Stockholm is a very beautiful city: even in December, when it's dark almost all the time. I was lucky enough to be asked to speak at a conference there by Chris Torch of Intercult. Once again, Rosanna Lewis and I were presenting the Voices of Culture report on the role of the arts in the refugee crisis. It's starting to feel a bit like a Farewell Tour of European Capitals in the run-up to Brexit...
Anyway - here's a brief extract from what I had to say - which I suppose is also a bit of a Christmas 2016 message.
"It’s December. I am so happy that this appalling, terrifying year is coming to an end - let’s just have a new one, shall we? Not that 2017 is exactly looking full of promise…… January will see the unthinkable happen, when a President endorsed by the Ku Klux Klan enters the White House. In March, Article 50 will, it seems, be triggered - with the agenda of what Teresa May has called “a red, white and blue Brexit” - whatever that’s supposed to mean…. And everyone who might physically have some tiny chance of getting out of Aleppo will carry on trying to get out of the bloodbath that is Aleppo. The flow of refugees is not going to be stemmed.
And what is the West doing? It’s putting up walls. Some of these walls are absolutely literal - the UK government built a huge wall in Calais as yet another barrier to the movement of refugees. Donald Trump says he’s going to build a wall right along the US-Mexico border and get the Mexicans to pay for it… (hello..)… And some of them are more metaphorical - like the deal the EU did with the Turkish autocrat to prevent Syrian refugees crossing into Europe. Or the Swedish government’s sudden decision last January to impose border controls on the bridge from Denmark. This continent defined itself, declared itself in a moment of hope in Berlin in 1989, when a wall came down. And today - we see the exact opposite. It’s a very strange time to be running a theatre company called Border Crossings - just as it’s probably a very strange time to be running an organisation in Sweden called Intercult - and it’s a very strange time to be working with communities of refugees.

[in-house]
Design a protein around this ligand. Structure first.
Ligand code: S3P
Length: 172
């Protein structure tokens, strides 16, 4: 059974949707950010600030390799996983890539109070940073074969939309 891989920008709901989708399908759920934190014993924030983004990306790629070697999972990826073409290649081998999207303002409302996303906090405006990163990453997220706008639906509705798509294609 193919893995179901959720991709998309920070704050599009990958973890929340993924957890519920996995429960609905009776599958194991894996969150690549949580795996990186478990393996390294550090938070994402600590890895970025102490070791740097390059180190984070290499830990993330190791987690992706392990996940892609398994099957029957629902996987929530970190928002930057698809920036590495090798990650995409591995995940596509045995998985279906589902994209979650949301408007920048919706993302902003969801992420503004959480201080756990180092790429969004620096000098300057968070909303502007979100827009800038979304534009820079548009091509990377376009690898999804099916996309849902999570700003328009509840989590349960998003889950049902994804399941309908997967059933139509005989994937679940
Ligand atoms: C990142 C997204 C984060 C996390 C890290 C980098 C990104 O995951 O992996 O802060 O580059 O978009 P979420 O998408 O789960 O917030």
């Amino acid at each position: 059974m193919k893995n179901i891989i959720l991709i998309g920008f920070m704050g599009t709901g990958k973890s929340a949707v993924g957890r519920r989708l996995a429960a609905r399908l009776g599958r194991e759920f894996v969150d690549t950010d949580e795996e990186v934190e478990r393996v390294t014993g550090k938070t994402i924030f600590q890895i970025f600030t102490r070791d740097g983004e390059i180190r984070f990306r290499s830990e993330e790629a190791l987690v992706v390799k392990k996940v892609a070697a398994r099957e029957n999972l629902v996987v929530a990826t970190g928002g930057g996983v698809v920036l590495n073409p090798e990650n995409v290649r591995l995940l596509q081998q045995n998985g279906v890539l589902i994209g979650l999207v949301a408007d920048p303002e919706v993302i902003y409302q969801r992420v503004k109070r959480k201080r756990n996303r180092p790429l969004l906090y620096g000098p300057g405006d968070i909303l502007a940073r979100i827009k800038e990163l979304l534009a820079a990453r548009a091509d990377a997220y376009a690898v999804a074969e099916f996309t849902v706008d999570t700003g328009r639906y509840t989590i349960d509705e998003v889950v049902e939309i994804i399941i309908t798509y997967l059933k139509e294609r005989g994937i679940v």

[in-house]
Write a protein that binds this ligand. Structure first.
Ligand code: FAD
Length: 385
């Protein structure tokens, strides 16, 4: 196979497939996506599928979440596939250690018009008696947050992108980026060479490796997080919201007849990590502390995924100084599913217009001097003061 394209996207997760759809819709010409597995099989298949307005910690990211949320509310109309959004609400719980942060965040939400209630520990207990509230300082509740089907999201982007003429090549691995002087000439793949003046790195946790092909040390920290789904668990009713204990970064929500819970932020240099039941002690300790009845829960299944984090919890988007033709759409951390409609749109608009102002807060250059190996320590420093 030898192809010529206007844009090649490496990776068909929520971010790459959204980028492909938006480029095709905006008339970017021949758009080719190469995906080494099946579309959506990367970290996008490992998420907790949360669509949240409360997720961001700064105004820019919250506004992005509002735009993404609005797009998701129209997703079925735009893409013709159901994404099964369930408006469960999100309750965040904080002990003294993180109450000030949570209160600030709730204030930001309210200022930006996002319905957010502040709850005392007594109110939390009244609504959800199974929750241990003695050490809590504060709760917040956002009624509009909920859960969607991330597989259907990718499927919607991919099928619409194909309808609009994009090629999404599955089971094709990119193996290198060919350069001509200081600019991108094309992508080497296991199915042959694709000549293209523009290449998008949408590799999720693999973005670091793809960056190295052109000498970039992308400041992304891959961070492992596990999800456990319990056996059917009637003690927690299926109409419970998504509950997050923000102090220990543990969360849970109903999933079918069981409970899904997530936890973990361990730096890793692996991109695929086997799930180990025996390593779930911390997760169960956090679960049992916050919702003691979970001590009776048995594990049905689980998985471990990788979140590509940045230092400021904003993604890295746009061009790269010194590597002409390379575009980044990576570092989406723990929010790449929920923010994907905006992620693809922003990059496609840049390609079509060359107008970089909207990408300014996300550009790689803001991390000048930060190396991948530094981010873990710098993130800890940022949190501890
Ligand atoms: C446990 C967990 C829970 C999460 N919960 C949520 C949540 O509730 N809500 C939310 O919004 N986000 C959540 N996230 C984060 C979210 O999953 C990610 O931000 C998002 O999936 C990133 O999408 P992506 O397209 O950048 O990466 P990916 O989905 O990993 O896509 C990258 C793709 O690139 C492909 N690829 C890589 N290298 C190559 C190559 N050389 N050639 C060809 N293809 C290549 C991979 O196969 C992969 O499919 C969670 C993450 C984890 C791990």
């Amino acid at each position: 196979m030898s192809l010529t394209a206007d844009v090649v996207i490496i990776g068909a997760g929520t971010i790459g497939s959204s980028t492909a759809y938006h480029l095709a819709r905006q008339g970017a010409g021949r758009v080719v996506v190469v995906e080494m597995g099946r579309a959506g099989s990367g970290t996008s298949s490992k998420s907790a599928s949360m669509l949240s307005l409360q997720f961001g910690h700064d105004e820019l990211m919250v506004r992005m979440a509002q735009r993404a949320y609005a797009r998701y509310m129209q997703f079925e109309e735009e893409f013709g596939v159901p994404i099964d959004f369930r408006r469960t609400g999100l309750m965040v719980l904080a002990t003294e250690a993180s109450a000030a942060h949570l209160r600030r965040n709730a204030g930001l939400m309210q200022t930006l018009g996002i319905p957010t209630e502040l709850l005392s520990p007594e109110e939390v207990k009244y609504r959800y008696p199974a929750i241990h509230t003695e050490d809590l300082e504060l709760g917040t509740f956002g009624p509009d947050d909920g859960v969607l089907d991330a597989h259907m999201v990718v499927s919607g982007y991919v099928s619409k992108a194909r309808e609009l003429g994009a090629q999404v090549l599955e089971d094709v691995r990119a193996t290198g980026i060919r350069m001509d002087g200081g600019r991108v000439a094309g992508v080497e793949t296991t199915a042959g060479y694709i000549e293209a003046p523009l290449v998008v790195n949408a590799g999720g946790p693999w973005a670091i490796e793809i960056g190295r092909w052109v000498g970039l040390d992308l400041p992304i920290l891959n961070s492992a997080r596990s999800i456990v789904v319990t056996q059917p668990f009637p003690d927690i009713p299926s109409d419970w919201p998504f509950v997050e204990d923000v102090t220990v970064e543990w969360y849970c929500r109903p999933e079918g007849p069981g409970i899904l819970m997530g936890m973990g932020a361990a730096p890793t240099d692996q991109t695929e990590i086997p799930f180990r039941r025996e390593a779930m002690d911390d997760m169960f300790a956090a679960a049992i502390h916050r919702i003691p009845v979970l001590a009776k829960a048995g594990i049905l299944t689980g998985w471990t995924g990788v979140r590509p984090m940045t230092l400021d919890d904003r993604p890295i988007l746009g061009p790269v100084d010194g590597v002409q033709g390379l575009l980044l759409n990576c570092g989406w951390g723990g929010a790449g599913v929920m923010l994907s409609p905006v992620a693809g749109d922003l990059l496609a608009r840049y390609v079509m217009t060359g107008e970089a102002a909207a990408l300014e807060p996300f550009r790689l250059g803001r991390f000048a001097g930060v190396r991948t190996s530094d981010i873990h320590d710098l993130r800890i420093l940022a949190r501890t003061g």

And yet it is in these refugees themselves that our most precious resource is to be found - and that is something called Hope. Hope, which in turn leads to creativity and transformation. Hope is that treasured vision in the deepest part of the human soul that people locate and draw off in the darkest of times, in the most pitiful of conditions. Hope is what enables a human being to commit their body to a massively overcrowded, makeshift craft adrift on an open sea - that will take them to an alien land where they know they will not be made welcome. And hope - for us - for artists and cultural workers - hope is the choice we make deliberately to follow the most difficult path in our own lives because of something that we believe in. Justice."